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Midsouth farmers have their head in the cover crop gameMidsouth farmers have their head in the cover crop game

The Midsouth region is at the forefront of pioneering advancements in cover cropping practices.

Brent Murphree

August 29, 2023

2 Min Read
Cover Crops
Throughout the ag industry, farmer-initiated field conservation efforts, like cover crops, have taken root and are part of the culture.Brent Murphree

You’ve heard me say it here before, the Midsouth is really the center of cover cropping systems in U.S. agriculture.

Of course, the center of much of that research and the start of the wave of no-till and low-till cropping across the Midsouth began at the Milan No-Till Field Day in Milan Tenn., in the early to mid-1990s. This is an off year for the field day but there is still a lot going on in Milan and across the Delta this summer.

The United Soybean Board recently announced an initiative with the National Corn Growers Association and the National Pork Board, in partnership with the National Fish and Wildlife Foundation and USDA’s Partnerships for Climate-Smart Commodities to establish financial and technical assistance for corn and soybean farmers who adopt cover crops.

Other initiatives like the Bayer Carbon Program pay growers to adopt cover crops and reduced tillage practices in order to help reduce their carbon footprint. The U.S. Cotton Trust Protocol helps track producer’s implementation of some of these conservation practices and increase transparency on U.S. cotton’s road to the retailer.

Throughout the ag industry, farmer-initiated field conservation efforts have taken root and are becoming part of the culture. Much of that began in the Delta.

One of the developments I have followed closely is the understanding that cover crop selection is improving soil health and, in some cases, can prescriptively help growers solve problems in the field.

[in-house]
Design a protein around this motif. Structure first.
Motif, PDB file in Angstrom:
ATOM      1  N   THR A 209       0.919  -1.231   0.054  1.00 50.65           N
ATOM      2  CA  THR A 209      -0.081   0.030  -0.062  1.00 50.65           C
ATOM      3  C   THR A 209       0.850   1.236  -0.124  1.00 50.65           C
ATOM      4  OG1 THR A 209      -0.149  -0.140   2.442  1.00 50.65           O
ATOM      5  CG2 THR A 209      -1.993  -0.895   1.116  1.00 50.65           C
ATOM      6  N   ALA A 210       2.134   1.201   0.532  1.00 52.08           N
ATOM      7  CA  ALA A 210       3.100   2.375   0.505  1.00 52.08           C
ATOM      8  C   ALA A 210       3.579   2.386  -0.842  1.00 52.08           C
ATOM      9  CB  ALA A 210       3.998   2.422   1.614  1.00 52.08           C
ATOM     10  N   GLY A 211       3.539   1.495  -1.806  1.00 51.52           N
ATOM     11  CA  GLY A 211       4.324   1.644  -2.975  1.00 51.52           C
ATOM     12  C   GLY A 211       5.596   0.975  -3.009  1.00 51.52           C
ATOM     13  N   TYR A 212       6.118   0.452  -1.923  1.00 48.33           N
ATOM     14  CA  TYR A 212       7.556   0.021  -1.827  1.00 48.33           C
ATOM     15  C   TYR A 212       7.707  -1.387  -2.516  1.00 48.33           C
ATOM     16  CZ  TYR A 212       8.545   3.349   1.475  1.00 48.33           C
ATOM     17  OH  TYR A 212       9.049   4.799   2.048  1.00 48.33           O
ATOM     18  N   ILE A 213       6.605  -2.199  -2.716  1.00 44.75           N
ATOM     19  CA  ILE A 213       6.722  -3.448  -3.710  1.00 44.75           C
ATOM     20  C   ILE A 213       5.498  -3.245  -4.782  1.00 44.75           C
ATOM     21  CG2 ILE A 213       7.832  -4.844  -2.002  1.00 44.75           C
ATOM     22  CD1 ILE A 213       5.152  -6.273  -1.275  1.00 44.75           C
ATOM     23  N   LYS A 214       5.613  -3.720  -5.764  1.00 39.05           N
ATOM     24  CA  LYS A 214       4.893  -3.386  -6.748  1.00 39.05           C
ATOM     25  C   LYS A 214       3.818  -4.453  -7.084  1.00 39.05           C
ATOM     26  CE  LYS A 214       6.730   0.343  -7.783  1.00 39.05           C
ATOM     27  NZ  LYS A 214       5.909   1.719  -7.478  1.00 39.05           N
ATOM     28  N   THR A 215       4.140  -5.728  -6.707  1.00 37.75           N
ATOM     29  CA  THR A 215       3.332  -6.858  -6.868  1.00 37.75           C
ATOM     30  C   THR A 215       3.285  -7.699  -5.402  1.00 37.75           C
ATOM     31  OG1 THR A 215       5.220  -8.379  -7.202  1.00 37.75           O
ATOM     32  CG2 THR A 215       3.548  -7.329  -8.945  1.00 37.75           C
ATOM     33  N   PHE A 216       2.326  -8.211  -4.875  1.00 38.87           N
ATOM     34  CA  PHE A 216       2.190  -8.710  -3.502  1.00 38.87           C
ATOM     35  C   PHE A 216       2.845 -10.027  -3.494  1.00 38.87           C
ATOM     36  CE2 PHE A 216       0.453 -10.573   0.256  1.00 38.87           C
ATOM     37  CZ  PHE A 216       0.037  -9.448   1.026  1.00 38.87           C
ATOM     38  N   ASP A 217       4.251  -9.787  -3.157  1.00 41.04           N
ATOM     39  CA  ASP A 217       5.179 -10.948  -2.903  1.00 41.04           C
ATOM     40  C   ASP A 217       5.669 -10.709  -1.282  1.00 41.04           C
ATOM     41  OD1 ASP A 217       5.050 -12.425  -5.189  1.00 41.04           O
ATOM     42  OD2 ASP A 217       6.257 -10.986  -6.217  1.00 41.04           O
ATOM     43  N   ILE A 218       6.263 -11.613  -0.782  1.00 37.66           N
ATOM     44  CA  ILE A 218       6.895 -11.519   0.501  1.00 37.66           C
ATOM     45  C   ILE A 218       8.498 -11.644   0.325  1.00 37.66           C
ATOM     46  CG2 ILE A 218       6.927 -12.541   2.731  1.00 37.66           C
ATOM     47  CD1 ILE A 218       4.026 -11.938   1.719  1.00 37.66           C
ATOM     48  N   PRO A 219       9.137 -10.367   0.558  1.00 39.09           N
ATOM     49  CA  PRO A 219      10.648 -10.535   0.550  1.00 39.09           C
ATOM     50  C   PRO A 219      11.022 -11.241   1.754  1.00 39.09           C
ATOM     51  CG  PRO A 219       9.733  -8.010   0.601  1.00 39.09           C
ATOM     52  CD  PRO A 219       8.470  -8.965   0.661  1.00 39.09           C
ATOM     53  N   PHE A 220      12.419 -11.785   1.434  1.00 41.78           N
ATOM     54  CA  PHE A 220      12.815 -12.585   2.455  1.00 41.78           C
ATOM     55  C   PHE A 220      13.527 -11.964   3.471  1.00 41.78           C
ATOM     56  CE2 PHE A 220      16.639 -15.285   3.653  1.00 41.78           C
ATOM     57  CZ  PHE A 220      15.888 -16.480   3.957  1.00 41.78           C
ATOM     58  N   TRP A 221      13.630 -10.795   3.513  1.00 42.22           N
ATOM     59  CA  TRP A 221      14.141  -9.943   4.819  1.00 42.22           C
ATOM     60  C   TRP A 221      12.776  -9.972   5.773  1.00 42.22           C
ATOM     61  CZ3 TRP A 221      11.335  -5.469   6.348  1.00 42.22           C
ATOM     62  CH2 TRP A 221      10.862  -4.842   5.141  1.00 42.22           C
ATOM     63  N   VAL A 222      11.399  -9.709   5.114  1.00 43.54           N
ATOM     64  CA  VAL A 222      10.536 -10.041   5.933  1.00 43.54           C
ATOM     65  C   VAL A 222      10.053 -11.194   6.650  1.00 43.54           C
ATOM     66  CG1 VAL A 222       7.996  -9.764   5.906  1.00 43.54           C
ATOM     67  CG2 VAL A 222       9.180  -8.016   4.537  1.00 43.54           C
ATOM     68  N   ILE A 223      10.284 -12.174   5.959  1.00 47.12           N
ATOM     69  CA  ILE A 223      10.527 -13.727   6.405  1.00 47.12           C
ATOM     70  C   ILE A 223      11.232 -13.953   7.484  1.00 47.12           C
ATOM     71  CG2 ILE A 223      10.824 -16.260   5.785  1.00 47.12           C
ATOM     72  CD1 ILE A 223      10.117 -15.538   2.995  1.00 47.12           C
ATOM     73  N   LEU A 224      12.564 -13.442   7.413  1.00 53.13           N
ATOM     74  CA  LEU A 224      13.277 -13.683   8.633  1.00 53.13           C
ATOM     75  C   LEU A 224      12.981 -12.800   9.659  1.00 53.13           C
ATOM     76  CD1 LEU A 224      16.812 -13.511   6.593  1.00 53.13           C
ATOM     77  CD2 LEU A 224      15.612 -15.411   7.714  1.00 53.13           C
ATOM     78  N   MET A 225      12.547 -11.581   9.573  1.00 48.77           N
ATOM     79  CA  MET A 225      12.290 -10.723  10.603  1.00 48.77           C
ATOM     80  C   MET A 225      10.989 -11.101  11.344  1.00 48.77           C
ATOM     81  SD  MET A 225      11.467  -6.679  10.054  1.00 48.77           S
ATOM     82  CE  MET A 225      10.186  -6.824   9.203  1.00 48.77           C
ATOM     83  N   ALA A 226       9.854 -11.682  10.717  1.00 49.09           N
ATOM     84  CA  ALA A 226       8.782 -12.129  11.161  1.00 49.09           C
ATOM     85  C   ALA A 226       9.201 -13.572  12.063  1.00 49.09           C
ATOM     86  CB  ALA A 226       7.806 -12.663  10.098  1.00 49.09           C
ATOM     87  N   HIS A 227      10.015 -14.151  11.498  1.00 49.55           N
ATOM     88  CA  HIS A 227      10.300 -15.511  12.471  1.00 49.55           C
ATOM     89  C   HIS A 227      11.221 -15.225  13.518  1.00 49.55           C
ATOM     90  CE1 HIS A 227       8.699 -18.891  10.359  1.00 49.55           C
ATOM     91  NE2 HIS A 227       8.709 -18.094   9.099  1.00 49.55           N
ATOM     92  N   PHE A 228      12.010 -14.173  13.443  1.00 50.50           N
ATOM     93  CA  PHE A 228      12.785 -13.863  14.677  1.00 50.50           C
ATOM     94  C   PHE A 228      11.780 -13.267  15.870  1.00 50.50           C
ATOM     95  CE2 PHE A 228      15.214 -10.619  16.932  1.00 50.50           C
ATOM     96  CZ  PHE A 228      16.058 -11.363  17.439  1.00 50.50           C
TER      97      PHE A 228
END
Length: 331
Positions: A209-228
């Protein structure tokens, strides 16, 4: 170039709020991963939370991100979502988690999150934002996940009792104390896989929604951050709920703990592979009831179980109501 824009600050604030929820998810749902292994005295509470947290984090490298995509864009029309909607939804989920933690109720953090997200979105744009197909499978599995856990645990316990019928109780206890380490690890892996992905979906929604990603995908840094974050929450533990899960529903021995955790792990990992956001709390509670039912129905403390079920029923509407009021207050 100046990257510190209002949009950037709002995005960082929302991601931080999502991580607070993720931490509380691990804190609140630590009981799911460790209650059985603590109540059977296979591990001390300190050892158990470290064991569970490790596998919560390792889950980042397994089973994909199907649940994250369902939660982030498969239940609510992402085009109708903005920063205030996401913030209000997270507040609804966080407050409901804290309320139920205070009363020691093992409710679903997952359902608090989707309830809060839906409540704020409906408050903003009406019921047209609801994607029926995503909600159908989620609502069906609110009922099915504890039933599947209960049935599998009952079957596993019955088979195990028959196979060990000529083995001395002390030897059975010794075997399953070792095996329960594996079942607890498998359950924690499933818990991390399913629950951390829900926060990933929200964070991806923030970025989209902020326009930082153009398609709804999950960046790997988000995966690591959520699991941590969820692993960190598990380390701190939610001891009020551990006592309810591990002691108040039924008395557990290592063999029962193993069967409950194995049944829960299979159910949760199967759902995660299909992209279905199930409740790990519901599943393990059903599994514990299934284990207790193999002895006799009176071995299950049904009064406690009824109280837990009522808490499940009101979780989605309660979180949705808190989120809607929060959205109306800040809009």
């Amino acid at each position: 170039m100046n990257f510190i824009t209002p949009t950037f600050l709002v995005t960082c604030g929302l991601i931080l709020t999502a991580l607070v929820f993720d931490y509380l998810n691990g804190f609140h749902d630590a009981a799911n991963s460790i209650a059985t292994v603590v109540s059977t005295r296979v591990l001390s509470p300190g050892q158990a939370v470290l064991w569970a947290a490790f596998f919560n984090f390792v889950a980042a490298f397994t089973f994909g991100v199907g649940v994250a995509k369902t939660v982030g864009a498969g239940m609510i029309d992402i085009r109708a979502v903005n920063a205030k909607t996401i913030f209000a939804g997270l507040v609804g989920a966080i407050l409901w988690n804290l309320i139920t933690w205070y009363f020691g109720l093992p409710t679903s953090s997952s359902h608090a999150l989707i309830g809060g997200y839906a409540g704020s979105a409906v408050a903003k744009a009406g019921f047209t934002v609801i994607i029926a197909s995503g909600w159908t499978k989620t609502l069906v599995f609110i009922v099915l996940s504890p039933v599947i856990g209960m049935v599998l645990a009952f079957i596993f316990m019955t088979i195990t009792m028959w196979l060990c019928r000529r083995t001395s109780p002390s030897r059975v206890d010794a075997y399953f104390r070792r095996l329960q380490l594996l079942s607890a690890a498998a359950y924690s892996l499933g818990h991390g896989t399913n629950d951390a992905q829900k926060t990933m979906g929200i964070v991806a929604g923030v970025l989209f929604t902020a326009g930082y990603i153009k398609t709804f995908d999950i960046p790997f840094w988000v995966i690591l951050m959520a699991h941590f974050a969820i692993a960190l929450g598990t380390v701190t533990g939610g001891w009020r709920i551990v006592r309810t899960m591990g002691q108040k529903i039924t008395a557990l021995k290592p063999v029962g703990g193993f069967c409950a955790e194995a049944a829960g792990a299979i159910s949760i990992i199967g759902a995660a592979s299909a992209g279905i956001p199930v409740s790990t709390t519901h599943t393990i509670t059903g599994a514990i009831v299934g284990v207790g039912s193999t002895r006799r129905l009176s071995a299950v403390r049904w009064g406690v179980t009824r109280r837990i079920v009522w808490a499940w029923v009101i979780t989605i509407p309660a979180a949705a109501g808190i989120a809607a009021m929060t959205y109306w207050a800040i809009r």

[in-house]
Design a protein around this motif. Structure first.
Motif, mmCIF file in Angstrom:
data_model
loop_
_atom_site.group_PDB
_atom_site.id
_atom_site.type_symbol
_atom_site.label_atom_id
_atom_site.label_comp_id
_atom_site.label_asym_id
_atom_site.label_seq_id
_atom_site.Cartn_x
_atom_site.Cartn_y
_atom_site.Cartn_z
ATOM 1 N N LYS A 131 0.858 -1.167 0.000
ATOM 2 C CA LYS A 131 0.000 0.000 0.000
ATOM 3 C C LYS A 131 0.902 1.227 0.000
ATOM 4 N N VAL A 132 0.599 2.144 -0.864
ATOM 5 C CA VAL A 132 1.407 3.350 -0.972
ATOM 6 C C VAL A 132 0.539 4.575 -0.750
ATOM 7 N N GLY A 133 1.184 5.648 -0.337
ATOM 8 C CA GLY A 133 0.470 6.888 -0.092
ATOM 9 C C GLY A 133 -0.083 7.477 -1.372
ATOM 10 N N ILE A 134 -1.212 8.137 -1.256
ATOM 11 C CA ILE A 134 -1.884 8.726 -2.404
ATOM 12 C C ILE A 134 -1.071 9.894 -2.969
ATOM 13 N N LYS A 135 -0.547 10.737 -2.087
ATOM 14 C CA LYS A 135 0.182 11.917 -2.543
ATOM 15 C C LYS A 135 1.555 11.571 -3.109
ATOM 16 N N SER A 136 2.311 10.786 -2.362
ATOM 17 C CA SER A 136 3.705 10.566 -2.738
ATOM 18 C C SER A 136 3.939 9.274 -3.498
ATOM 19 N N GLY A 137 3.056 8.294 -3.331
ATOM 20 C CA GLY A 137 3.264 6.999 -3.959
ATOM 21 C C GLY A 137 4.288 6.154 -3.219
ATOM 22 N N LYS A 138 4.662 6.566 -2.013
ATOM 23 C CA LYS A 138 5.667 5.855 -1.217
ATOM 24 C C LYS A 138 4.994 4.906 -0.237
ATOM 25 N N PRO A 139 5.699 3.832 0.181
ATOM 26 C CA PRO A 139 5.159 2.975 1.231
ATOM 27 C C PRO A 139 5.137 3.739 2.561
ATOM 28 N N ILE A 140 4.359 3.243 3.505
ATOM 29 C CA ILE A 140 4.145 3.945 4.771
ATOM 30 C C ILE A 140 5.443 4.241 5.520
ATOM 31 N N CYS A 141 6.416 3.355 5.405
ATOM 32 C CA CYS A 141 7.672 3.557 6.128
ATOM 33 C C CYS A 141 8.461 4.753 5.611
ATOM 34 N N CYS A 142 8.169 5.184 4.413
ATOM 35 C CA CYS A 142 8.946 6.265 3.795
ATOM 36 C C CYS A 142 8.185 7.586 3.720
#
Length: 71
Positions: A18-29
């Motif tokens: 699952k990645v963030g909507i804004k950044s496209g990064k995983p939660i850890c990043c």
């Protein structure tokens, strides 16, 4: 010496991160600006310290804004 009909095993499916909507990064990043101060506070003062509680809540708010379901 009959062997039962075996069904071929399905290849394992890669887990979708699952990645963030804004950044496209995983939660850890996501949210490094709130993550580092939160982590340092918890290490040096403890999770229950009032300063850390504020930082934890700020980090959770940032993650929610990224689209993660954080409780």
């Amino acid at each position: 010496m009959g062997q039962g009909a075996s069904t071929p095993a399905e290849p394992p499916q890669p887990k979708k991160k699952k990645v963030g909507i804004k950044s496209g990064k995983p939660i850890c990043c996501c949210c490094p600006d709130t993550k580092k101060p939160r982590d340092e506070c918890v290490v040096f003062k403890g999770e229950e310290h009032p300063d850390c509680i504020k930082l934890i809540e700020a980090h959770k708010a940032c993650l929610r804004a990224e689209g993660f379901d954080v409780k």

Clover, vetch, peas, beans and lupines help lock nitrogen in the soil. Marigold, mustard, sudangrass and radishes contain biofumigants that have been shown potential to reduce nematodes.

All cover crops help increase biomass and organic matter in the field. The diverse microbial communities foster good soil health - the cover helps reduce weed growth, increase moisture retainment and reduce soil erosion.

Incorporating livestock into cover cropping systems is another notable addition to Midsouth cover cropping. Adding livestock is not only an additional source of revenue but also reduces the need for mechanical termination and promotes nutrient cycling because of manure deposition.

Midsouth farmers are innovative and always coming up with new ways to increase their productivity, which is especially challenging as they lose vital tools for weed and pest control.

While cover crops are not the end-all for every problem we face in the field, the system does provide some needed help. Collaborative efforts between Extension, ARS and crop protection companies are helping spread what we’ve learned in the Midsouth to other producers outside of the Delta.

The Midsouth region is at the forefront of pioneering advancements in cover cropping practices. It points to the region’s commitment to conservation and improved soil health.

From those early days when researchers and cooperative growers began looking at how they could improve their land – before carbon credits were even a thing – Midsouth growers had their heads in the game.

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